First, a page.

Today in South Carolina, an F-35B pilot conducted an ejection maneuver at approximately 2:00 PM local time north of Joint-Base Charleston and is presently unaccounted for.
The pilot successfully deployed their parachute and is currently in stable condition. However, what makes this incident particularly intriguing is that the advanced stealth fighter, from which the pilot ejected, remains unaccounted for.
The F-35B had taken off from Marine Corps Air Station Beaufort, a prominent hub for these cutting-edge aircraft within the USMC. It was part of a two-aircraft flight, with the other F-35B safely returning to MCAS Beaufort. The circumstances leading up to the pilot's ejection have not been disclosed.
According to information obtained from FAA data, efforts are underway to locate the missing aircraft in the vicinity of Lake Moultrie and Lake Marion. Senior Master Sergeant Heather Stanton from Joint Base Charleston confirmed these search operations. What adds a perplexing twist to this incident is the revelation from the Department of Defense that the F-35B was set on autopilot before the pilot ejected.
Although it may sound peculiar, situations where fighter aircraft continue flying independently for extended periods after the pilot has abandoned the cockpit are not without precedent. One notable example is the "Cornfield Bomber," an F-106 that safely touched down intact after its pilot ejected in 1970. Similarly, a Soviet MiG-23 flew from Poland to Belgium without its pilot in 1988 after an ejection shortly after takeoff.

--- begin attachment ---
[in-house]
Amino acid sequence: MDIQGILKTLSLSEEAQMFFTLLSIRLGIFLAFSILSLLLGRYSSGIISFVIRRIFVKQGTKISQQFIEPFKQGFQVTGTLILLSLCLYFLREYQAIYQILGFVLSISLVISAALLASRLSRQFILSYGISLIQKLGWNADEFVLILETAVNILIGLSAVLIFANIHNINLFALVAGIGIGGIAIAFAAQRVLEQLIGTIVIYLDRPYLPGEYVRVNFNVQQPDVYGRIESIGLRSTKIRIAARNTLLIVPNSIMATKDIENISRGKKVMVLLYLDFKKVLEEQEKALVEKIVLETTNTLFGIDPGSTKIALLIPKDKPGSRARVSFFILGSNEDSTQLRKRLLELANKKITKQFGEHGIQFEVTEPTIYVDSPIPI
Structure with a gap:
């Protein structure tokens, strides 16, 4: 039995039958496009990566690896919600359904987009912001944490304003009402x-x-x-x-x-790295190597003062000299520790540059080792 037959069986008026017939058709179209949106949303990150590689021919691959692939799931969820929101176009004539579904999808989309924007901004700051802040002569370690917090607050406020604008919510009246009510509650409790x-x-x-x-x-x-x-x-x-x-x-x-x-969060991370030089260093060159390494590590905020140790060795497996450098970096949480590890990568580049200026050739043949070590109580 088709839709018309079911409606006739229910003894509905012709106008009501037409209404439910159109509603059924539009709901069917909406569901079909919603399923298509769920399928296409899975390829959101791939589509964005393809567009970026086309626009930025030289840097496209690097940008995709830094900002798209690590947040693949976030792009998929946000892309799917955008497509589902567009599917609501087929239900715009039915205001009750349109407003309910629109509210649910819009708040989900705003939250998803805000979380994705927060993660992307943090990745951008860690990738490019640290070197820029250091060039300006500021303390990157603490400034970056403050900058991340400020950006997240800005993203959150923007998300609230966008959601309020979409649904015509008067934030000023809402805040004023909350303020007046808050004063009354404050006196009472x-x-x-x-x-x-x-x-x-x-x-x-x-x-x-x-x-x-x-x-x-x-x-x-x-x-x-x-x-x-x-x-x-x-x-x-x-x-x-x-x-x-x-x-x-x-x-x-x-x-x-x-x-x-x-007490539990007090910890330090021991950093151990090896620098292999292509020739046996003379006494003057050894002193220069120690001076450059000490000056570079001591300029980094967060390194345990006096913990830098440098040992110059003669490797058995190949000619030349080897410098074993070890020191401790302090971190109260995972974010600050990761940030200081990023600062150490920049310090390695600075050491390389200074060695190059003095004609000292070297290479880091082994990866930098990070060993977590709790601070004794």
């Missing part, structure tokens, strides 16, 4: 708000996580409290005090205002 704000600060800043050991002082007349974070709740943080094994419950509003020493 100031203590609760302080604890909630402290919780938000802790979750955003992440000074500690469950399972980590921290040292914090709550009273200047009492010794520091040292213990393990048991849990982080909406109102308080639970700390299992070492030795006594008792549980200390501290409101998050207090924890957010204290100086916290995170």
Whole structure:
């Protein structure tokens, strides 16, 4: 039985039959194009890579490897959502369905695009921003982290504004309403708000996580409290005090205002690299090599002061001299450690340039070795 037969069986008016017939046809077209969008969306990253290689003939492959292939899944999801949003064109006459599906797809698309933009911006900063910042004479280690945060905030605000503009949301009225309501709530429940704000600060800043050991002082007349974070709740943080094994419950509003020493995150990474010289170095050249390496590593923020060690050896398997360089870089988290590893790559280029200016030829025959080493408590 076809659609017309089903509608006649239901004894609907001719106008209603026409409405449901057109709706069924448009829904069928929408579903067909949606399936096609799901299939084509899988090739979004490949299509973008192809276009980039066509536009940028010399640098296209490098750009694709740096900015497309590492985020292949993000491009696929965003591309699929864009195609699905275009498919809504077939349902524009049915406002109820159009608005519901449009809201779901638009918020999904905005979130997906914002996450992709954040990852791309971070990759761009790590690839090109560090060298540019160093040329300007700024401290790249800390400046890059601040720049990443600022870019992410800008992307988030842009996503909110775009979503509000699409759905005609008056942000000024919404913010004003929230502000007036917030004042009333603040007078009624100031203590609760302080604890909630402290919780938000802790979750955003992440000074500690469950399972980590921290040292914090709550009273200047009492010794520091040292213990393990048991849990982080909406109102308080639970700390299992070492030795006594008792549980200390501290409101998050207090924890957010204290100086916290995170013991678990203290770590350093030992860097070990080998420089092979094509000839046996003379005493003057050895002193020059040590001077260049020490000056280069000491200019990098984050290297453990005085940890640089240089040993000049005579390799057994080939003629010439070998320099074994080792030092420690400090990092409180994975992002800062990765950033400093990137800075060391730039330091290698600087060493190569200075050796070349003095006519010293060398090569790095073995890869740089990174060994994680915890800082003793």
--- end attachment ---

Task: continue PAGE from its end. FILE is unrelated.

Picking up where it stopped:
In Navy carrier operations, instances have occurred where aircrew ejected due to various reasons, allowing the aircraft to recover from a stall or other issues, thanks to the loss of weight and shift in the center of gravity.
Regarding this particular incident, even the F-35B, which has a shorter range, could have covered significant distances on autopilot, contingent on its remaining fuel. This situation parallels a previous event involving a non-responsive Citation bizjet last June, where the crew and passengers remained aboard the aircraft.
The fact that there are no reports of a crash suggests that the F-35 may have descended in a sparsely populated area. If it ran out of fuel, the absence of a large fire or a massive crash would explain the lack of sightings. If it ended up in the Atlantic, the search becomes even more challenging.
Additionally, the aircraft's configuration and the functionality of its avionics systems could have hindered tracking efforts. F-35s typically use radar reflectors during transit flights and often carry AIM-9X missile rails. However, if the aircraft was in its full stealth configuration and experienced avionics issues, locating it could have proven quite troublesome.